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I built a LAMP web application that let's users create their own profile page where they can upload their resume and portfolio. The url for a person's profile will be something like

John Doe registers the domain name and he wants it to point to Anyone who visits should not be aware that it's driven by This means that the browser url should persistently show addresses such as: (really points to (really points to

Additionally, clicking on any links [a href=""] should keep you at instead of sending you to

My question is, what is the best way to achieve this?

I'm considering: 1) Give instructions to users on how to domain forward with masking

2) Instruct users to fillout the field $homeUrl in their User Profile information, which is saved to the database

3) In my PHP code, if $homeUrl exists, replace all [a href="$_SERVER['HTTP_HOST']"] with [a href="$homeUrl"]

Is this the right approach? Is there a better way?

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2 Answers 2

up vote 1 down vote accepted

An alternative approach would be to tell your users to point their domains to your IP and set them up as name-based virtual hosts. The benefits are:

  1. It's much easier for the user to set up then forward with masking (the latter may not even be possible depending on registrar)
  2. You don't have to deal with URL rewriting in your PHP code.

This would be easier to setup if you did not have to use /user/johndoe prefix for your URLs (which you don't really need to because you can do a domain lookup in your code to determine user id), but is possible with the prefix as well - it's just that mod_rewrite setup would have to be more involved in that case (you'll need to do it per domain).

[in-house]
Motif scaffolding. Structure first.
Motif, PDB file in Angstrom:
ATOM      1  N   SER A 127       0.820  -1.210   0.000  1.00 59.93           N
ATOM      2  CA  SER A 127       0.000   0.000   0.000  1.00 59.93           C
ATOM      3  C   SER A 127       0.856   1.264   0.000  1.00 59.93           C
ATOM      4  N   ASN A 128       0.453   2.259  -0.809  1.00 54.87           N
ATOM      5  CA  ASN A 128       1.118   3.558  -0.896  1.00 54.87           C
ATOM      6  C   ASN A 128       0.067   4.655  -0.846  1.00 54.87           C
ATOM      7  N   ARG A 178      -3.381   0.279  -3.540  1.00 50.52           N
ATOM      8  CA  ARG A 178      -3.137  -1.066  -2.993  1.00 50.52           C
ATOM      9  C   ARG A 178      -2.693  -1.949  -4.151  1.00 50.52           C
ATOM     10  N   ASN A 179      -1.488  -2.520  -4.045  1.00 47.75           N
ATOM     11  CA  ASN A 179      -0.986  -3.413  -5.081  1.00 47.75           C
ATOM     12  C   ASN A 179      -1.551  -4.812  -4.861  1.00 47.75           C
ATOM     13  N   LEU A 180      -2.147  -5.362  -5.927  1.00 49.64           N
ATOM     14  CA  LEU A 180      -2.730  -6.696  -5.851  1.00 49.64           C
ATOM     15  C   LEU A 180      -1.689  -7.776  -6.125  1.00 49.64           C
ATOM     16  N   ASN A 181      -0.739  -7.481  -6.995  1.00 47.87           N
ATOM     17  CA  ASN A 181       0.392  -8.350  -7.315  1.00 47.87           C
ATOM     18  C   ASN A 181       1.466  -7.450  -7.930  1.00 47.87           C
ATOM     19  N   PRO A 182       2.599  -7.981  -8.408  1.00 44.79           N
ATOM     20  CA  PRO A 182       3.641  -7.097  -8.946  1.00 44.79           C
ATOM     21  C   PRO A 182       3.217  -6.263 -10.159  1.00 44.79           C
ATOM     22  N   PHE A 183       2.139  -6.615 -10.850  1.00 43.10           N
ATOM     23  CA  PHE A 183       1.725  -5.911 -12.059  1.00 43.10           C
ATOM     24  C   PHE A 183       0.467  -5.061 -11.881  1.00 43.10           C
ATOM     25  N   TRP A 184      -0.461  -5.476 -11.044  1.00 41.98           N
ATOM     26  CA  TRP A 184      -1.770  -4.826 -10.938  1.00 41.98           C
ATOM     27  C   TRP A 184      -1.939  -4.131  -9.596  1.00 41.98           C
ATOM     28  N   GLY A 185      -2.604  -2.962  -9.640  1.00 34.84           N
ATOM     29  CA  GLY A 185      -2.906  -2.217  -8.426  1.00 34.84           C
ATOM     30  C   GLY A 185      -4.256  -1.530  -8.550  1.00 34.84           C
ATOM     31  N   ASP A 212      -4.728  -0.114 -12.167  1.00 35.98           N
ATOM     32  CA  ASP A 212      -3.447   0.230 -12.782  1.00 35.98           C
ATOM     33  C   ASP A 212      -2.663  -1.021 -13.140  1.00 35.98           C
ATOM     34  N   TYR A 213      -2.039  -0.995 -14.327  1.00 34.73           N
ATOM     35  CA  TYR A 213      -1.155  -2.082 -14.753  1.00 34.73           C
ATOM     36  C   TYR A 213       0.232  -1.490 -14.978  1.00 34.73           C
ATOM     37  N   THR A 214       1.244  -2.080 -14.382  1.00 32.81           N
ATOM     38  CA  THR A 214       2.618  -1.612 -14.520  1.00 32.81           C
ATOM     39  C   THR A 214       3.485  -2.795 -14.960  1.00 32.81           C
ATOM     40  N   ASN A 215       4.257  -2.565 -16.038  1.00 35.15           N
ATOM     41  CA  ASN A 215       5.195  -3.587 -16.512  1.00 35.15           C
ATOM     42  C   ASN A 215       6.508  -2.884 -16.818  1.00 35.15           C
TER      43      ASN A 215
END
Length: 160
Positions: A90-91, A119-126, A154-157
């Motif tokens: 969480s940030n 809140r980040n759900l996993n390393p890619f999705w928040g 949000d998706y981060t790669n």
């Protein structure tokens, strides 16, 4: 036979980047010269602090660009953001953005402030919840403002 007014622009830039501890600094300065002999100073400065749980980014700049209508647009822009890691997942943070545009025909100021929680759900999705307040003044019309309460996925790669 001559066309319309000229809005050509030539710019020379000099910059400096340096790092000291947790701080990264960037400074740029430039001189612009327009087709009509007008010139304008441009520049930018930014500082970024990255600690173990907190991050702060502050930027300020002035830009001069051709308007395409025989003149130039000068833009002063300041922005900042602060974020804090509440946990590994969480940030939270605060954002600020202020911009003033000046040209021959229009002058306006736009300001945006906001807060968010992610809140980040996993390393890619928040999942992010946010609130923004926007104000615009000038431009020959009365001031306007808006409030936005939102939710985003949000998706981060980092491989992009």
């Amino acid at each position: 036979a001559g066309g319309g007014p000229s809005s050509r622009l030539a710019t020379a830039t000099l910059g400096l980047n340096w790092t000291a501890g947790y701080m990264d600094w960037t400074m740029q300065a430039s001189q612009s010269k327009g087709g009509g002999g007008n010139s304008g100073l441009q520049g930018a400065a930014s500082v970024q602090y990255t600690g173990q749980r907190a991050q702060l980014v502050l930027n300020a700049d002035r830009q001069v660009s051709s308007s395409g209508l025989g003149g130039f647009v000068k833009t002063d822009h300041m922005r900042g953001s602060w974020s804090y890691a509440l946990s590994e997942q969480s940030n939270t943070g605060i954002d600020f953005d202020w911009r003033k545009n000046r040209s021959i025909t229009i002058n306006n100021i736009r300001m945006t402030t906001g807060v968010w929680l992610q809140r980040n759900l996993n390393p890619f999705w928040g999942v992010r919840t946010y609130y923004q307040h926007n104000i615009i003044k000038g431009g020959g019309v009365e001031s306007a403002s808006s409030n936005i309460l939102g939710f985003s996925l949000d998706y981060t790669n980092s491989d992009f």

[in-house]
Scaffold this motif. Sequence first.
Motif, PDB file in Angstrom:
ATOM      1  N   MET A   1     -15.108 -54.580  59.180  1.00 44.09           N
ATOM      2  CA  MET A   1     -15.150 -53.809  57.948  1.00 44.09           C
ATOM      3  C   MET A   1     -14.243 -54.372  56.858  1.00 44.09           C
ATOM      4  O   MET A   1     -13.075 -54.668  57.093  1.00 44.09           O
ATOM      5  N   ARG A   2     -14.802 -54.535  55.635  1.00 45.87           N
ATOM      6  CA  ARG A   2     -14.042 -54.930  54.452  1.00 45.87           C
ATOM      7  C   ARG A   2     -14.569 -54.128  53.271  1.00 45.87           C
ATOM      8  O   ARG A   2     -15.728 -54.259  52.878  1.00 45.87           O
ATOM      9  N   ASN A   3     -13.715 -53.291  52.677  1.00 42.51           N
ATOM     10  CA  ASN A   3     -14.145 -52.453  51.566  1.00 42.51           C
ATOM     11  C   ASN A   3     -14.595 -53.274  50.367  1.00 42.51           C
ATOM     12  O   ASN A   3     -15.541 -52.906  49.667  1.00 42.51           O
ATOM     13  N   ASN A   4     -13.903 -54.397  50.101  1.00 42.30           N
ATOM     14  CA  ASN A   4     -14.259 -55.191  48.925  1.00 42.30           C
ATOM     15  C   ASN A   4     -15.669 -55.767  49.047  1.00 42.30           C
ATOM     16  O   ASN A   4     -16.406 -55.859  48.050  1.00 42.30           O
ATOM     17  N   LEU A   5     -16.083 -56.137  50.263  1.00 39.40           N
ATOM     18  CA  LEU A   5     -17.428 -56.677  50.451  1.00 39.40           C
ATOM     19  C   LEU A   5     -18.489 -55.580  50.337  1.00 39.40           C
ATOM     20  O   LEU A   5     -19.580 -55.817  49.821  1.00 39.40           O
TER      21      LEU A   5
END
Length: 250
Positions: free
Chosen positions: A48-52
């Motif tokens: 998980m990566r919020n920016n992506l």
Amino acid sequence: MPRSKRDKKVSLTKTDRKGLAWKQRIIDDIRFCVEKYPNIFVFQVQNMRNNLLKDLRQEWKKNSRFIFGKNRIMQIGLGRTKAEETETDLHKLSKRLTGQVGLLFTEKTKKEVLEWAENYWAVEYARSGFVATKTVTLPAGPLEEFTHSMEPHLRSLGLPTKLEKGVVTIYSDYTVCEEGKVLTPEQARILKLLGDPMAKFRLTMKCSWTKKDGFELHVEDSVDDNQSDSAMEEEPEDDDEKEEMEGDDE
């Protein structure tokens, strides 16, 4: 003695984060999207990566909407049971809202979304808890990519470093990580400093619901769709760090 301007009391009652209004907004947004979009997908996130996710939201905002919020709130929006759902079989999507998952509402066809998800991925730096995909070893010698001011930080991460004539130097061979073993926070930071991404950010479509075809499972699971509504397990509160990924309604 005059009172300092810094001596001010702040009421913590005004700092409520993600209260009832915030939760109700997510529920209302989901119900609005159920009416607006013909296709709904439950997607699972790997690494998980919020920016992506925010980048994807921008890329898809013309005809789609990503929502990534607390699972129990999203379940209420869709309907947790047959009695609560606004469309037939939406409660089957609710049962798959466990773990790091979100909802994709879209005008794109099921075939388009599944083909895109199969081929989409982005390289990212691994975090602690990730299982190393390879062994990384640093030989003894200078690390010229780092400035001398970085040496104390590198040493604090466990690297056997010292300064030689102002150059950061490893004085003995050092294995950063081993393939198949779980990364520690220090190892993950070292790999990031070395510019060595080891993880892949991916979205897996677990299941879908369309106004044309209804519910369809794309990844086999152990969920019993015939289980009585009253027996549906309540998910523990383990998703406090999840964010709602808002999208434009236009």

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RE: #1 - what's wrong with CNAME dns records for this purpose? Name based virtual hosts are messy to maintain with the kind of usage he's looking for, not to mention security would be a nightmare. From what I understand, he's looking for an automated way to achieve the above (without him having to approve each and every one of these). – Lior Cohen Aug 8 '09 at 22:28
RE: /user/johndoe, I agree. There's no point in doing these regardless of how the domains are set up. +1 here, -1 above = 0. – Lior Cohen Aug 8 '09 at 22:32
My understanding is that OP's users are buying their domains elsewhere. How is CNAME going to help? Name-based virtual host setup is easily automated in DNS; I'm not sure what you mean by "security nightmare" - it's not like OP's users are going to be involved in any way. The only somewhat messy thing here is mod_rewrite setup (IF he goes with /user/johndoe scheme). – ChssPly76 Aug 8 '09 at 22:38
As the owners of the domain they have bought, they have the ability to set up CNAME records that point from their domain to another domain. E.g. -> Having a large amount of vhosts that are created in an automated fashion = possible performance penalty. Such a performance penalty could potentially be used for attacks. vhosts are simply not meant to be used that way. A more scalable approach would be using mod rewrite, minus the /user/johndoe scheme, to redirect these requests to a single, controlled entry point (php script, in this case). – Lior Cohen Aug 8 '09 at 23:32
the only plus point of a CNAME would be to let it point to eg. www.domainname.tld. Which is a good thing if domainname.tld has to change its ip, no customer has to change his dns setting. – Rufinus Aug 9 '09 at 0:28

The only practical way i could think of in the moment is:

  1. add a field in the users Profile for a domainname

  2. tell the users to let point the DNS host entry to your IP (or the main domainname of you)

  3. create a virtual host which is the FIRST of alle vhosts you might have. (*)

  4. in this virtual host create an index.php script which looks up the requested domainname in the user profile and display the page.

You might need to implement a switch for the urls you print on the page. eg. if you came over the special index page use / as "base href", in all other cases /user/username is "base href"

*) If apache gets a request for a name it dont know (because its no ServerName|Alias of an vhost, it uses the first Vhost as fallback.

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